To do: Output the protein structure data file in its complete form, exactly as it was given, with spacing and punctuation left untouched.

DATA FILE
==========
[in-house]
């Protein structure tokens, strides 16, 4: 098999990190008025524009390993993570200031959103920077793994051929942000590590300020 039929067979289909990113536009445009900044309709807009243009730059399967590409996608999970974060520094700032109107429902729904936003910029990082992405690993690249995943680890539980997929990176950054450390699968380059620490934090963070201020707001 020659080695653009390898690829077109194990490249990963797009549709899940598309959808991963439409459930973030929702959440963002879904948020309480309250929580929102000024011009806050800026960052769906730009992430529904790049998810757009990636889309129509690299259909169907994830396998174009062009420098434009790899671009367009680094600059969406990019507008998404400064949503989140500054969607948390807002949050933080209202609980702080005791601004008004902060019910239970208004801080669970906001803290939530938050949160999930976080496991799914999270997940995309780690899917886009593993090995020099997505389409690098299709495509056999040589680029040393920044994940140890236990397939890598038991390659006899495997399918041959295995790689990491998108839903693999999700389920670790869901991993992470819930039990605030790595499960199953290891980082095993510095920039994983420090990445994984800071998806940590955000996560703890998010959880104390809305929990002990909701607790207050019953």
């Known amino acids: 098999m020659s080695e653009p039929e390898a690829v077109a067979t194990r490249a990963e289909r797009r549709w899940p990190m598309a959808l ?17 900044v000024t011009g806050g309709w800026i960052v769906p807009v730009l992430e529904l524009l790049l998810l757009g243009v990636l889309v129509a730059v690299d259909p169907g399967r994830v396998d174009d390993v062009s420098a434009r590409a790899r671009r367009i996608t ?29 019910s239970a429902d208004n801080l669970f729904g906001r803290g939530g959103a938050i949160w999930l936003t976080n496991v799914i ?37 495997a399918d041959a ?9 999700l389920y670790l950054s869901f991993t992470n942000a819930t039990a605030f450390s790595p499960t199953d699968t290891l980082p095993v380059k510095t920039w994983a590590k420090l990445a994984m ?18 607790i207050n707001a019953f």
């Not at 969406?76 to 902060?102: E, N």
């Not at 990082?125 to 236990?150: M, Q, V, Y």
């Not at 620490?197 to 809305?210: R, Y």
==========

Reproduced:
[in-house]
């Protein structure tokens, strides 16, 4: 098999990190008025524009390993993570200031959103920077793994051929942000590590300020 039929067979289909990113536009445009900044309709807009243009730059399967590409996608999970974060520094700032109107429902729904936003910029990082992405690993690249995943680890539980997929990176950054450390699968380059620490934090963070201020707001 020659080695653009390898690829077109194990490249990963797009549709899940598309959808991963439409459930973030929702959440963002879904948020309480309250929580929102000024011009806050800026960052769906730009992430529904790049998810757009990636889309129509690299259909169907994830396998174009062009420098434009790899671009367009680094600059969406990019507008998404400064949503989140500054969607948390807002949050933080209202609980702080005791601004008004902060019910239970208004801080669970906001803290939530938050949160999930976080496991799914999270997940995309780690899917886009593993090995020099997505389409690098299709495509056999040589680029040393920044994940140890236990397939890598038991390659006899495997399918041959295995790689990491998108839903693999999700389920670790869901991993992470819930039990605030790595499960199953290891980082095993510095920039994983420090990445994984800071998806940590955000996560703890998010959880104390809305929990002990909701607790207050019953």
């Known amino acids: 098999m020659s080695e653009p039929e390898a690829v077109a067979t194990r490249a990963e289909r797009r549709w899940p990190m598309a959808l ?17 900044v000024t011009g806050g309709w800026i960052v769906p807009v730009l992430e529904l524009l790049l998810l757009g243009v990636l889309v129509a730059v690299d259909p169907g399967r994830v396998d174009d390993v062009s420098a434009r590409a790899r671009r367009i996608t ?29 019910s239970a429902d208004n801080l669970f729904g906001r803290g939530g959103a938050i949160w999930l936003t976080n496991v799914i ?37 495997a399918d041959a ?9 999700l389920y670790l950054s869901f991993t992470n942000a819930t039990a605030f450390s790595p499960t199953d699968t290891l980082p095993v380059k510095t920039w994983a590590k420090l990445a994984m ?18 607790i207050n707001a019953f």
């Not at 969406?76 to 902060?102: E, N």
């Not at 990082?125 to 236990?150: M, Q, V, Y």
């Not at 620490?197 to 809305?210: R, Y």